Dear Miss Manners: Would you please address the misuse of "gentleman" and "lady" as synonyms for "man" and "woman"? I find it offensive when these terms are used by newscasters to refer to criminals.
Gentle Reader: Address it? Miss Manners is guilty of it.
You are quite right that these names should be reserved for those who have earned it. Unlike as in class-stratified societies, where these designations depend on birth, American ladies and gentlemen are distinguished by their behavior.
But Miss Manners uses the terms, sometimes with a dash of irony, in the hope that they are aspirational. For the same reason, she addresses those who are kind enough to consult her as "Gentle Reader." They may not all be gentle, but she cherishes hope.
Dear Miss Manners: I am the one who has people to my house for all holidays, providing the food and alcohol. I bring hostess gifts when and if I get invited to other people's homes to reciprocate for my hospitality.
We used to throw lavish parties that upward of 100 people attended. We quit doing that to end the days of planning a perfect party, stocking the liquor cabinet and cooking food, only to receive maybe one bottle of wine or a cheese ball.
We didn't do it for the gifts, but are our "friends" just clods? I felt these were our friends, since we saw them at ballgames and other events around town regularly. I wished, I guess, that inviting them to my home would nudge them to invite us back — but no. They drop into our house for dinner, uninvited, eating and drinking their way through whatever meal we whip up and know where our liquor cabinet is. They drain it regularly.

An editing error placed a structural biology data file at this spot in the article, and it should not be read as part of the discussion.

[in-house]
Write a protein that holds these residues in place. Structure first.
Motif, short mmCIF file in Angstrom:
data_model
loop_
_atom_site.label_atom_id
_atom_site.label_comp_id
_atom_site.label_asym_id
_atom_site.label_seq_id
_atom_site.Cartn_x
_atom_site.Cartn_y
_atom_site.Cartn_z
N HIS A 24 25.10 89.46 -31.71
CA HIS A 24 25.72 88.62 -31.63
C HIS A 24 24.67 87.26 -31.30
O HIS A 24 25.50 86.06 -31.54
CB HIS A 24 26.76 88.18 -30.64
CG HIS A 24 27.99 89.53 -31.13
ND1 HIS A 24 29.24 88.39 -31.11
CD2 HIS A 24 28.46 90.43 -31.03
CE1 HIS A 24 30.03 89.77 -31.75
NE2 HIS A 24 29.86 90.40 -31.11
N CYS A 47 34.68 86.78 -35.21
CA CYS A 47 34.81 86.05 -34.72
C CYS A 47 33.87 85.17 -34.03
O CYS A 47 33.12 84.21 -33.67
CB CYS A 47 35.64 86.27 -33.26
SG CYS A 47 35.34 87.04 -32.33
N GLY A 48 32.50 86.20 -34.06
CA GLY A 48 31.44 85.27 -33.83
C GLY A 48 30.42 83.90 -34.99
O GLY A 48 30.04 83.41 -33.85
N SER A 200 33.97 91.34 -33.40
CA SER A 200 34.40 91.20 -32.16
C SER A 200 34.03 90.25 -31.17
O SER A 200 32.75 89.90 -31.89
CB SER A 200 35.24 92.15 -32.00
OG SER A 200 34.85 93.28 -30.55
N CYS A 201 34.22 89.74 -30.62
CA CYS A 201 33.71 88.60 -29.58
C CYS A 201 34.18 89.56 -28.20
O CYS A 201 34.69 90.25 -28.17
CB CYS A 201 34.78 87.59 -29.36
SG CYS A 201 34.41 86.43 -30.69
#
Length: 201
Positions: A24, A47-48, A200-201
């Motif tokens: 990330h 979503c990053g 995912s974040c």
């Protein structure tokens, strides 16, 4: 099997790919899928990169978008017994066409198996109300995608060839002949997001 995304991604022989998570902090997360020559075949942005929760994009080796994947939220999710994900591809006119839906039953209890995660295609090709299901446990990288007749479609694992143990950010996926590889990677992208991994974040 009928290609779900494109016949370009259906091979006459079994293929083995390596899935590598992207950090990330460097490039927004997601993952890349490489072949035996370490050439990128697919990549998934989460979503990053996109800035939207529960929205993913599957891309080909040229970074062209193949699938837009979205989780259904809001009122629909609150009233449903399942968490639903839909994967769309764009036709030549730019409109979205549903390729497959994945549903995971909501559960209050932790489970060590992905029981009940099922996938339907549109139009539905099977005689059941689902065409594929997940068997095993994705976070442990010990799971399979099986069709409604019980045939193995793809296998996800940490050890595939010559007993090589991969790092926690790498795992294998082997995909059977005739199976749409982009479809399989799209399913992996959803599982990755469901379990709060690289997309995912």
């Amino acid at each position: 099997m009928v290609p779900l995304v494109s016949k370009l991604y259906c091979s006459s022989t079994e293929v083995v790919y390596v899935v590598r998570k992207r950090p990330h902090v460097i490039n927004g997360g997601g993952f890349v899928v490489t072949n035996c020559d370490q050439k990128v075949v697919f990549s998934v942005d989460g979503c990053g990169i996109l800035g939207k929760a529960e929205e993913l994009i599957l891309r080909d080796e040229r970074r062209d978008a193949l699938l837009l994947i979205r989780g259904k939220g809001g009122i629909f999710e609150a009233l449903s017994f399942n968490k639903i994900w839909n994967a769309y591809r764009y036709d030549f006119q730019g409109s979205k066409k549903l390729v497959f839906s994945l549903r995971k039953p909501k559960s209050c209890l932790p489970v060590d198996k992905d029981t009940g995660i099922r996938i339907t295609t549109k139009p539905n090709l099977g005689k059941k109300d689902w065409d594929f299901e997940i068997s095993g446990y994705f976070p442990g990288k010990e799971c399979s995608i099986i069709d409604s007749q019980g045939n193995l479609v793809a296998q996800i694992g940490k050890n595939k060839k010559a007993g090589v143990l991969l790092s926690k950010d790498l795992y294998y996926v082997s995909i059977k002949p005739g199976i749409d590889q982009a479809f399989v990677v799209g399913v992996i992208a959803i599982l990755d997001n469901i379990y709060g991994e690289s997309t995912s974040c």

But we never get an invite to their homes for a meal or a barbecue, let alone an all-out party. I am sad, and a little disappointed, but after 20-plus years, have resigned myself to just get over it.
These people always have a big hello and hugs in public and are friends with us on social media. I miss having everyone over, but I want something in return!
Gentle Reader: More cheese balls?
Miss Manners was about to explain, though not excuse, the lack of reciprocal hospitality. Many people nowadays do not entertain, particularly on the scale you do.
What you could reasonably expect is to be invited to share their social lives, whether such events are held at home, or in restaurants, at ballgames or on other recreational excursions.
But then Miss Manners got to the part about their dropping in uninvited and raiding your liquor cabinet. Yes, your friends are clods.
"Miss Manners" is Judith Martin of the Washington Post. Send questions to firstname.lastname@example.org.